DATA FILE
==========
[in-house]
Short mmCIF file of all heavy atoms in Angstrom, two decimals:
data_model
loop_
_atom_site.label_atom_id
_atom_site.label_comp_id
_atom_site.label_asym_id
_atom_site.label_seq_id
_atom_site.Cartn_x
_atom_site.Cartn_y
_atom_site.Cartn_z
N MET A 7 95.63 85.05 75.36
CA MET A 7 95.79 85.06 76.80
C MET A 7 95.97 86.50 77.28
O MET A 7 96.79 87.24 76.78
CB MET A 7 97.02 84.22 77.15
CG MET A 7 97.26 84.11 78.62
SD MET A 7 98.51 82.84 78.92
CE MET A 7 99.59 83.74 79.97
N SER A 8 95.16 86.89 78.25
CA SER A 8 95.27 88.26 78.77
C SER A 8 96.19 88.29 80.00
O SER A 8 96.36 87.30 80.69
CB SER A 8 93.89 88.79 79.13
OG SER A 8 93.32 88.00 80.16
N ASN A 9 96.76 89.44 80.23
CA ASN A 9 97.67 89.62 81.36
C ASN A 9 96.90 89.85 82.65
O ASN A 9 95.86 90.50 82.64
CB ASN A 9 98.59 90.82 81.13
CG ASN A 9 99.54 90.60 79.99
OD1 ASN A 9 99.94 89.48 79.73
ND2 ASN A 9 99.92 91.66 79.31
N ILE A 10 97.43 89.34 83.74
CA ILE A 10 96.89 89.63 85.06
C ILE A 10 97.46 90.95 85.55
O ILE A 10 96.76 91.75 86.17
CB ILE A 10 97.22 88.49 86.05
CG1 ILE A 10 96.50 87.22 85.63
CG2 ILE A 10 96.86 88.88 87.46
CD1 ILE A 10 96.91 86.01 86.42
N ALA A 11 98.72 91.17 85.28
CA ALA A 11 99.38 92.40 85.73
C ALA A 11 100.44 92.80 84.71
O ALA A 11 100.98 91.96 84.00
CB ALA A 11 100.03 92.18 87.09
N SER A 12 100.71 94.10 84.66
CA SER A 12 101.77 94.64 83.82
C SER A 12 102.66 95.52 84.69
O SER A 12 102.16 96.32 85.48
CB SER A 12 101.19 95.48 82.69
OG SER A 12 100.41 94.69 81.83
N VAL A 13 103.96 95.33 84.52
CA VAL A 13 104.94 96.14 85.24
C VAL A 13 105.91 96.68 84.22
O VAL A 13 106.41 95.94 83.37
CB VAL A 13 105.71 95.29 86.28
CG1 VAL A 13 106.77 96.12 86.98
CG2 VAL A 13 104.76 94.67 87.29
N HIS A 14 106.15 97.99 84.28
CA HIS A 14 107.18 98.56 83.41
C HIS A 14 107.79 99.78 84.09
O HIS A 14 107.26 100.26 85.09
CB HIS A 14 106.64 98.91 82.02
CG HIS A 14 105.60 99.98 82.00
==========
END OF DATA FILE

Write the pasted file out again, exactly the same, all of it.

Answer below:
[in-house]
Short mmCIF file of all heavy atoms in Angstrom, two decimals:
data_model
loop_
_atom_site.label_atom_id
_atom_site.label_comp_id
_atom_site.label_asym_id
_atom_site.label_seq_id
_atom_site.Cartn_x
_atom_site.Cartn_y
_atom_site.Cartn_z
N MET A 7 95.63 85.05 75.36
CA MET A 7 95.79 85.06 76.80
C MET A 7 95.97 86.50 77.28
O MET A 7 96.79 87.24 76.78
CB MET A 7 97.02 84.22 77.15
CG MET A 7 97.26 84.11 78.62
SD MET A 7 98.51 82.84 78.92
CE MET A 7 99.59 83.74 79.97
N SER A 8 95.16 86.89 78.25
CA SER A 8 95.27 88.26 78.77
C SER A 8 96.19 88.29 80.00
O SER A 8 96.36 87.30 80.69
CB SER A 8 93.89 88.79 79.13
OG SER A 8 93.32 88.00 80.16
N ASN A 9 96.76 89.44 80.23
CA ASN A 9 97.67 89.62 81.36
C ASN A 9 96.90 89.85 82.65
O ASN A 9 95.86 90.50 82.64
CB ASN A 9 98.59 90.82 81.13
CG ASN A 9 99.54 90.60 79.99
OD1 ASN A 9 99.94 89.48 79.73
ND2 ASN A 9 99.92 91.66 79.31
N ILE A 10 97.43 89.34 83.74
CA ILE A 10 96.89 89.63 85.06
C ILE A 10 97.46 90.95 85.55
O ILE A 10 96.76 91.75 86.17
CB ILE A 10 97.22 88.49 86.05
CG1 ILE A 10 96.50 87.22 85.63
CG2 ILE A 10 96.86 88.88 87.46
CD1 ILE A 10 96.91 86.01 86.42
N ALA A 11 98.72 91.17 85.28
CA ALA A 11 99.38 92.40 85.73
C ALA A 11 100.44 92.80 84.71
O ALA A 11 100.98 91.96 84.00
CB ALA A 11 100.03 92.18 87.09
N SER A 12 100.71 94.10 84.66
CA SER A 12 101.77 94.64 83.82
C SER A 12 102.66 95.52 84.69
O SER A 12 102.16 96.32 85.48
CB SER A 12 101.19 95.48 82.69
OG SER A 12 100.41 94.69 81.83
N VAL A 13 103.96 95.33 84.52
CA VAL A 13 104.94 96.14 85.24
C VAL A 13 105.91 96.68 84.22
O VAL A 13 106.41 95.94 83.37
CB VAL A 13 105.71 95.29 86.28
CG1 VAL A 13 106.77 96.12 86.98
CG2 VAL A 13 104.76 94.67 87.29
N HIS A 14 106.15 97.99 84.28
CA HIS A 14 107.18 98.56 83.41
C HIS A 14 107.79 99.78 84.09
O HIS A 14 107.26 100.26 85.09
CB HIS A 14 106.64 98.91 82.02
CG HIS A 14 105.60 99.98 82.00